And, of course, there was nothing so Catalan, not even butifarra or castellers or sardanas or the Barca, as the Catalan language. So nationalist sentiment and economic pragmatism combined to make a formidable team in favor of a more autonomous, and ideally independent, Catalonia, in which the Catalan language would be mandatory. Speaking Catalan, especially the new standard Catalan, was the shibboleth.

Anyway, of course, this Catalan petit-bourgeois nationalistic movement had its response from the rest of Spain, which had its own growing urban educated middle class which did not like the idea of being shut out of government jobs in Catalonia at all. Meanwhile, the rest of Spain had its own ruralist romantic utopian illusion of Spanish tradition, and the emerging Spanish nationalism saw Catalan nationalism as its logical enemy. It was in the interests of Spanish bureaucrats to keep government powers centralized in Madrid, and to allow as little local autonomy as possible to the regions. At the same time, the Spanish middle class felt they had just as good a right to any government job in Spain, whether the job was located in Catalonia or not.

So. Back to Valencia. The Valencian region is, and was, divided between those who identify with Catalan nationalism and those who identify with Spanish nationalism. In the early twentieth century, those Valencians who sympathized with Catalan nationalism called their local language Catalan, which it is, undisputedly, from a linguistic point of view. The reaction of the Spanish nationalists--many of whom are, and were, Valencian-speaking--in Valencia was to call the local language Valencian, set up a standard Valencian grammar different from Pompeu Fabra's Catalan grammar, declare philologic independence, and demote Valencian to the level of a local patois; that is, Valencian would be considered a local artifact, and the standard language of government and education would remain Spanish. What this would do is throw Valencia in on the side of Madrid versus its eternal rival, Barcelona; bureaucracy would remain centered in Madrid, and any Spanish-speaker would qualify for a local Valencian bureaucratic job. People who spoke standard Catalan, though, and did not know standard Spanish, would not qualify in Valencia for a civil service job. This steamed the Catalans off no end, since the Valencians were locking the Catalans out of government jobs in Valencia by the same device the Catalans were using to lock the Spaniards out of their local government jobs.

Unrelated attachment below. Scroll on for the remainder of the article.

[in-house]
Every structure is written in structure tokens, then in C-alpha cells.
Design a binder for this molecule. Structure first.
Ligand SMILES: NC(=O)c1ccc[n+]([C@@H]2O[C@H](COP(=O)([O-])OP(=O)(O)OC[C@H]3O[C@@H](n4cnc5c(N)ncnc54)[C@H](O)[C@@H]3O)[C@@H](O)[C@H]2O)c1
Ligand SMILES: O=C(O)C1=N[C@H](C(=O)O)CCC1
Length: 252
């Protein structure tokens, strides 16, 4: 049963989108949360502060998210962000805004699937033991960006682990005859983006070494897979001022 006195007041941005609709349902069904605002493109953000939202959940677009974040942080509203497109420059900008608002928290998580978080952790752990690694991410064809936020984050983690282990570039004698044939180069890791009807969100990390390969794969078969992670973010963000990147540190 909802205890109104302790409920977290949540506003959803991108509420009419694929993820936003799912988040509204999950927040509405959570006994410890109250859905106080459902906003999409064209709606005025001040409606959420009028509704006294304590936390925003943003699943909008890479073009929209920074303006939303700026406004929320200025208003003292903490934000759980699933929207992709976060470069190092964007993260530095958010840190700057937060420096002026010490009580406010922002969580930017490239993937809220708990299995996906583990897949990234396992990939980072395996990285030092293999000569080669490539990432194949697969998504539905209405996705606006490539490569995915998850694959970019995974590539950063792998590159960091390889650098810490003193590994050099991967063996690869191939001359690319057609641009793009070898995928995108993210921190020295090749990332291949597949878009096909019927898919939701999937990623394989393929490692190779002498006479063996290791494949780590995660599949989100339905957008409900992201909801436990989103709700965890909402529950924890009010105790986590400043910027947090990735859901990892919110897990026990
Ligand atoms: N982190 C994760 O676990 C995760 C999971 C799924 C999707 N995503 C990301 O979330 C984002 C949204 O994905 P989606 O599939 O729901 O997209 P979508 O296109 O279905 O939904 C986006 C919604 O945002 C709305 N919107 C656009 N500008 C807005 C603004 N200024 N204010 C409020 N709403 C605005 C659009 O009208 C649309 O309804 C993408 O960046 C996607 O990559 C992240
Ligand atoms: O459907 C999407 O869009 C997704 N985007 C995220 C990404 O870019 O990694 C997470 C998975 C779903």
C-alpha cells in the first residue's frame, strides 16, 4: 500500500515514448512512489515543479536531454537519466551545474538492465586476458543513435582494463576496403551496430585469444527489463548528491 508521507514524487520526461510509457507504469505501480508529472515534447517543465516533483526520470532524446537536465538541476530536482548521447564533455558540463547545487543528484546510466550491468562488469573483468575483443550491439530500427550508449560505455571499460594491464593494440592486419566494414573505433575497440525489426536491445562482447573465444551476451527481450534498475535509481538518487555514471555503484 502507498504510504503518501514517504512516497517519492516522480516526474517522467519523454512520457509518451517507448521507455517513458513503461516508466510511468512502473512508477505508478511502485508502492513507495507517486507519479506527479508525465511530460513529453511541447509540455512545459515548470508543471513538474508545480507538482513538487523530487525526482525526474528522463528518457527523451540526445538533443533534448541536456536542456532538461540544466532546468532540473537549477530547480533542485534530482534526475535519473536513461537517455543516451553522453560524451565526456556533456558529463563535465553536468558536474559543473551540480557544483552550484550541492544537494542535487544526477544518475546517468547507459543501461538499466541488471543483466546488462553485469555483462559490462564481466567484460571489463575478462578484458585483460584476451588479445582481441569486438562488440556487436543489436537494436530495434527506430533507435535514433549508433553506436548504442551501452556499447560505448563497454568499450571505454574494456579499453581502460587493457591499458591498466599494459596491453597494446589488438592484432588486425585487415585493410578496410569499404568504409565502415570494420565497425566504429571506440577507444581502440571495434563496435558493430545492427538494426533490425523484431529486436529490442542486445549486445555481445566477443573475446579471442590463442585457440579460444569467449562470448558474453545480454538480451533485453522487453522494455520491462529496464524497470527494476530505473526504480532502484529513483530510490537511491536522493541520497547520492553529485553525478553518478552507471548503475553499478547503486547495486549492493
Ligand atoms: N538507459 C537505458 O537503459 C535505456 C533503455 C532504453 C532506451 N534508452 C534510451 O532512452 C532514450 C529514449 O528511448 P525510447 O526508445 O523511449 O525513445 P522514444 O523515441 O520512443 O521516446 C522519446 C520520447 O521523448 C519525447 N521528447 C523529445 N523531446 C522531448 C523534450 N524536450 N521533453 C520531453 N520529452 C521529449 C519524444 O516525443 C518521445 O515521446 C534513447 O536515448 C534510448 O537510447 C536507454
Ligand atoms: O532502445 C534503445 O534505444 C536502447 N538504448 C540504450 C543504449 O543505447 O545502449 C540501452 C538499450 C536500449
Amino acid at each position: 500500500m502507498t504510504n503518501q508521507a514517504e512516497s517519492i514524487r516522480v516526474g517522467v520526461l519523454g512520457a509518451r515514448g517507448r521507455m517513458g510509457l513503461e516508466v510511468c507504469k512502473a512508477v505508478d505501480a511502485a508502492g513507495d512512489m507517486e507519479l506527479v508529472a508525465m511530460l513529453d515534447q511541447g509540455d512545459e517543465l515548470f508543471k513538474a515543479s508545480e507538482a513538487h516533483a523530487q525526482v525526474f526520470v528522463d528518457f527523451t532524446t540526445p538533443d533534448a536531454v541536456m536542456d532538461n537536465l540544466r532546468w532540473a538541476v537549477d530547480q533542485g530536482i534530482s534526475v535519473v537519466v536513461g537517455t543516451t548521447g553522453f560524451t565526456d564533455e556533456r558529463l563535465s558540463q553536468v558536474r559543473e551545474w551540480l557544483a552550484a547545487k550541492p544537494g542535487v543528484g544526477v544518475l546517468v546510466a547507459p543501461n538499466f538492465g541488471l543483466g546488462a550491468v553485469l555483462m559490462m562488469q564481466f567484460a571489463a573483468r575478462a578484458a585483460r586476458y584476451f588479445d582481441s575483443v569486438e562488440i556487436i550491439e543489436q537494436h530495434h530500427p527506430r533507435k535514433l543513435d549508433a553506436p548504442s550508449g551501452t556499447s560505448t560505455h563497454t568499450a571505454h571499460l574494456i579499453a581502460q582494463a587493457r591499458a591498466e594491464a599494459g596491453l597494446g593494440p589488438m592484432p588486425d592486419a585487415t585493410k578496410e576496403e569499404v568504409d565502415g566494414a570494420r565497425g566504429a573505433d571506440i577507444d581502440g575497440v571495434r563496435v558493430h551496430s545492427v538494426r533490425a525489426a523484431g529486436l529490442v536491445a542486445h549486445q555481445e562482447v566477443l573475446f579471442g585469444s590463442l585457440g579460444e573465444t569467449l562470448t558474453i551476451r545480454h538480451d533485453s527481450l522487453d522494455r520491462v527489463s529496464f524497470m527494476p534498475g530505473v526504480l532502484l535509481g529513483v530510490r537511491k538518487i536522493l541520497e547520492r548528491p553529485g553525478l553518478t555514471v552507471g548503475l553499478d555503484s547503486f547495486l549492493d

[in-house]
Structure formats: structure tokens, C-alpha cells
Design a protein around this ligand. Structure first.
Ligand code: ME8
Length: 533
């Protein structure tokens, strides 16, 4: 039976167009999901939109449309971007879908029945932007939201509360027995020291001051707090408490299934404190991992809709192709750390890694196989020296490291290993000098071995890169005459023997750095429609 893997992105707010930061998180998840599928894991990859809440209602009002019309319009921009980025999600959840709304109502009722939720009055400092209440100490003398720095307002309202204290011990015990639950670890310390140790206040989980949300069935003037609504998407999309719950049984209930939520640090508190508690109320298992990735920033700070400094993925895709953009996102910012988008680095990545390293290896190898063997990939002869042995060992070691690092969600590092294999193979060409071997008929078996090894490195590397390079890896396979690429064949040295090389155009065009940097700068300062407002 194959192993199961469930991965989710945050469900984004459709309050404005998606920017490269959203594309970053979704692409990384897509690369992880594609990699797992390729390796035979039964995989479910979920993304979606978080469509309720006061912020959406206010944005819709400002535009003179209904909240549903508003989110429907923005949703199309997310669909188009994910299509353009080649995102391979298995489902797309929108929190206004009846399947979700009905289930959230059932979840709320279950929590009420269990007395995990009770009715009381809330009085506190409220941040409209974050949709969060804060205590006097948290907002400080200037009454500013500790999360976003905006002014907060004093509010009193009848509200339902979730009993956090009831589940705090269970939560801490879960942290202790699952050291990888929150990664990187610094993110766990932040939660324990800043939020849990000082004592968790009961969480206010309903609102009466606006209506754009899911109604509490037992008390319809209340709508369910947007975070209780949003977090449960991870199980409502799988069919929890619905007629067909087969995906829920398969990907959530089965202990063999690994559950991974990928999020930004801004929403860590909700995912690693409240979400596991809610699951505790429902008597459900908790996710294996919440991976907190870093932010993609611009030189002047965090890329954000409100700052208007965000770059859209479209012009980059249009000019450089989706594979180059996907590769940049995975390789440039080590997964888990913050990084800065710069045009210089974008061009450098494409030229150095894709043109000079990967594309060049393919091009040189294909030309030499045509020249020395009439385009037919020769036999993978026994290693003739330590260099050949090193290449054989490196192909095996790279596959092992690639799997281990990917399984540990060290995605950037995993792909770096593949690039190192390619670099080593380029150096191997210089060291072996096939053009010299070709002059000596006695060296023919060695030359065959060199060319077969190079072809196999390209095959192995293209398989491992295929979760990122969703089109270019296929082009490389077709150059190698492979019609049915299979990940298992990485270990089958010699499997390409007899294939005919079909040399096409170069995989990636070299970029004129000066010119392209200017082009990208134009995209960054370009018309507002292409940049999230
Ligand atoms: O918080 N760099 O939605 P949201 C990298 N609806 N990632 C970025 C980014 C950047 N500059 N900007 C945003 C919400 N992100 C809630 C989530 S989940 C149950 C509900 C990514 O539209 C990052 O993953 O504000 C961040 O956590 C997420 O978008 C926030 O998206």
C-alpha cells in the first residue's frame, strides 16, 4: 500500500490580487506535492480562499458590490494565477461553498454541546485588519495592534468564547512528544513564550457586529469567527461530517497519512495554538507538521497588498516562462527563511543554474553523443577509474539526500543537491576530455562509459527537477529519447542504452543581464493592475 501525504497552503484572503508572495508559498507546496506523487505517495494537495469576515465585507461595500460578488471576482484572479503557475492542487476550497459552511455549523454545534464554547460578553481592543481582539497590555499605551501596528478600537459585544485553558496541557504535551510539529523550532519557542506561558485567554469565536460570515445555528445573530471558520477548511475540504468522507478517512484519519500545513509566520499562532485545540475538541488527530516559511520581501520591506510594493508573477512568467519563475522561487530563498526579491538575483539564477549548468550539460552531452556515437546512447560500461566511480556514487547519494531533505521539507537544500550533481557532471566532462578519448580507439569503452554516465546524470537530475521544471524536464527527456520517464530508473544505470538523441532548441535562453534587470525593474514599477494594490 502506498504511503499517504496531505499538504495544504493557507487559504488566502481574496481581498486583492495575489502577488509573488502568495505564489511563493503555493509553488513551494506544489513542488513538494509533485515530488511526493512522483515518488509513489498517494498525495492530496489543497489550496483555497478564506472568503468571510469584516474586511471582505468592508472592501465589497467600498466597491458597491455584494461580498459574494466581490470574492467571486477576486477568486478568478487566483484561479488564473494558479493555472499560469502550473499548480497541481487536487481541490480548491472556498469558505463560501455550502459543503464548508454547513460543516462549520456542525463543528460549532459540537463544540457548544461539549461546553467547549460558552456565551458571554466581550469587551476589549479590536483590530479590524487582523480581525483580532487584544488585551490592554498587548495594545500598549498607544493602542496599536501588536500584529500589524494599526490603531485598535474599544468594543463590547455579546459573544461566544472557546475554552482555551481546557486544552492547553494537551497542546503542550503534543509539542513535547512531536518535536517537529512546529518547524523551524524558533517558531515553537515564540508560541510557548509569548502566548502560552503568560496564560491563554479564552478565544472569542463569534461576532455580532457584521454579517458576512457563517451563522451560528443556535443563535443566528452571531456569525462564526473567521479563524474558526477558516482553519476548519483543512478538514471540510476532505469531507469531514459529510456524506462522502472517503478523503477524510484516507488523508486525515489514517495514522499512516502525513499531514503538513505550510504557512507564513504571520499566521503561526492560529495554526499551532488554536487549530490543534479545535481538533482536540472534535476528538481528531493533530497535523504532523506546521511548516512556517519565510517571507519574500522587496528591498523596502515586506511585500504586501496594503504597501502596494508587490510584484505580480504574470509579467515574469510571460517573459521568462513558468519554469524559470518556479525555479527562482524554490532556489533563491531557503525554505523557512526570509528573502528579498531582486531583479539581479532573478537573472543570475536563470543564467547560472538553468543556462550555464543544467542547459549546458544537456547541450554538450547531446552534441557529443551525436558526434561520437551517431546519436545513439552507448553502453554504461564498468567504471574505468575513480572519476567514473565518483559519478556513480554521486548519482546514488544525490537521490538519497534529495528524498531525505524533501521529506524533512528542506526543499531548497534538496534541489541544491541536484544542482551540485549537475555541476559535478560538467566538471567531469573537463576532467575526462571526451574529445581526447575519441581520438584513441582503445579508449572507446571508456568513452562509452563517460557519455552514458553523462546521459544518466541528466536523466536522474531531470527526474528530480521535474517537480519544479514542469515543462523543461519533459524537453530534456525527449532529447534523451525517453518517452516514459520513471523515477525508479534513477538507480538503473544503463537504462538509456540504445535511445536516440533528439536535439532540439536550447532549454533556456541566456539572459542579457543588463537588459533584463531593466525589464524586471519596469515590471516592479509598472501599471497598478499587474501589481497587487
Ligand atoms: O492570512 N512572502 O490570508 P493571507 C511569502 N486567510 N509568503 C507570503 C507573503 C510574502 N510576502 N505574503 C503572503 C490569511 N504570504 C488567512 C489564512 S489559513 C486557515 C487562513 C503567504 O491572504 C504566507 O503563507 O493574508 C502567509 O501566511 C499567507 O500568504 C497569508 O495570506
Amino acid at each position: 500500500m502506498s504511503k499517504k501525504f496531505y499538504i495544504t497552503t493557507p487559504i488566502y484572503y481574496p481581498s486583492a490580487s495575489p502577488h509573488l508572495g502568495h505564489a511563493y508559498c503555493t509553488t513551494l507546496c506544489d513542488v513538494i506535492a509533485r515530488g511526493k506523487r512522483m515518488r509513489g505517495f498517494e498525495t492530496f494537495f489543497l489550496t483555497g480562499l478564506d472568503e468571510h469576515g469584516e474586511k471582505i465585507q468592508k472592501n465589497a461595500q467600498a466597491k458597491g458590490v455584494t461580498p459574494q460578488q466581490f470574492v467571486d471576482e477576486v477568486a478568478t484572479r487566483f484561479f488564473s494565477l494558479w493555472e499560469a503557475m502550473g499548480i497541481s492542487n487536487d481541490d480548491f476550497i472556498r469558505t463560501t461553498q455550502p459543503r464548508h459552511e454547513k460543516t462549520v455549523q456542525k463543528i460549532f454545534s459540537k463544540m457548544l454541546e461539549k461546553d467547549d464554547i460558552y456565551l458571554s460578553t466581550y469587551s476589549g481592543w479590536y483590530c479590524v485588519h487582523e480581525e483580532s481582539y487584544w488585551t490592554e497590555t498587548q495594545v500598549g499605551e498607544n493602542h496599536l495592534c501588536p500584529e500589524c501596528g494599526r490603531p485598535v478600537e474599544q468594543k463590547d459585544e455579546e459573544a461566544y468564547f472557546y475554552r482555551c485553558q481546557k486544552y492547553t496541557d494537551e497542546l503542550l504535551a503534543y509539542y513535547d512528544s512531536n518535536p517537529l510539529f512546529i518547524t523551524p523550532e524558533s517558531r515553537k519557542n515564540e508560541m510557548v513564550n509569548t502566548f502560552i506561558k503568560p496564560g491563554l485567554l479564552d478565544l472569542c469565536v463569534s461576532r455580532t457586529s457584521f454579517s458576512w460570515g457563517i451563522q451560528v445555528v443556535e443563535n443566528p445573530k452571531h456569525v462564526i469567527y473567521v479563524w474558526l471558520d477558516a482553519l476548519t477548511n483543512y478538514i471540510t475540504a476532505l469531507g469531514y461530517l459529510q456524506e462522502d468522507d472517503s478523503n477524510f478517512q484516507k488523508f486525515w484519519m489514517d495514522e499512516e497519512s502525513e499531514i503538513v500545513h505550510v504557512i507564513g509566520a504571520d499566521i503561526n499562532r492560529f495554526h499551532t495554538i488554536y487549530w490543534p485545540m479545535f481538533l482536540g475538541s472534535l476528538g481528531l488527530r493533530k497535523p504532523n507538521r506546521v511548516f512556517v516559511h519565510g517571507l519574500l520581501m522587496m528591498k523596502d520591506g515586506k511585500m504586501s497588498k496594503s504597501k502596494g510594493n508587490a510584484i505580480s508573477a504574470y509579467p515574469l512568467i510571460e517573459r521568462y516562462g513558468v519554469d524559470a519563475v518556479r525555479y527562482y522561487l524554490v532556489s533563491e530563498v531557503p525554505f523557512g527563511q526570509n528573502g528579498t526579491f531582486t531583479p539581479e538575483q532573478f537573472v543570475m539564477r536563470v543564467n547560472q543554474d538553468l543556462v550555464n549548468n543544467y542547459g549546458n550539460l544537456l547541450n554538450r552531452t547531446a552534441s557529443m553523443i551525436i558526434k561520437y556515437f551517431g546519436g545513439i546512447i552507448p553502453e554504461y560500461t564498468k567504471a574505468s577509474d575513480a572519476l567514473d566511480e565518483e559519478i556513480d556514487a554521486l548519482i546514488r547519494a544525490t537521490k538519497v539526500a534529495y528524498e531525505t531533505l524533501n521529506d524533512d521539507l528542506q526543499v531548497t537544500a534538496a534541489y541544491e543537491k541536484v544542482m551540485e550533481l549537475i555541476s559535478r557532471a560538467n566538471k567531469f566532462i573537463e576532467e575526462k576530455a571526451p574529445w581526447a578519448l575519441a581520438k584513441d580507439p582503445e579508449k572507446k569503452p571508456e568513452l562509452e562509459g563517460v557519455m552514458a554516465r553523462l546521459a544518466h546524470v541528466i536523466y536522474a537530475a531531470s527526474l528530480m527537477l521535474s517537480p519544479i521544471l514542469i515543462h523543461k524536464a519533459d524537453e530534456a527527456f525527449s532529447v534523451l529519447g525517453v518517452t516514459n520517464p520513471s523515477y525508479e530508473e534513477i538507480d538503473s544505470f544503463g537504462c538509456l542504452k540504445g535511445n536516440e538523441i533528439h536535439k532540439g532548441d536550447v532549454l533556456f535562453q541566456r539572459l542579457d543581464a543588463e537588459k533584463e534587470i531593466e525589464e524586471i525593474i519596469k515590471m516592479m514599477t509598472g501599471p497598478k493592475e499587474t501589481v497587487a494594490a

We've still got these problems today. The Valencian region has generally been controlled by the Spanish nationalists among them. It is currently controlled by the Partido Popular, which has ties with Spanish nationalism. So the locals are still going off about how Valencian is not Catalan, that it's a separate language, and we speak Spanish anyway as the educated language round these parts. This bugs the living hell out of the Catalan nationalists, as they take this Valencian attitude personally. They see the Valencians as rejecting their real nationalistic purity (Catalan) for the mess of (Spanish)pottage that includes favor from Madrid. Naturally, everything Madrid (and Spain) does is an effort to screw Barcelona (and Catalonia) over, according to the Catalan nationalist perspective. And the Valencians are traitors who have sold out to Madrid and to Spanish.

Also, by the way, the standard demand by Catalan nationalist political parties is for more government powers to be transferred to the Generalitat, the regional government. Every election, both the conservative Convergence and Union and the allegedly leftist Republican Left demand more power for the Generalitat. That leads to ridiculous situations, like the duplication of unemployment offices (there's both a Catalan and a Spanish unemployment office, and as far as I know they do the same thing). And a new Catalan police force, the Mossos d'Esquadra, is replacing some of the National Police and the Civil Guard's functions, but not all of them. Or something.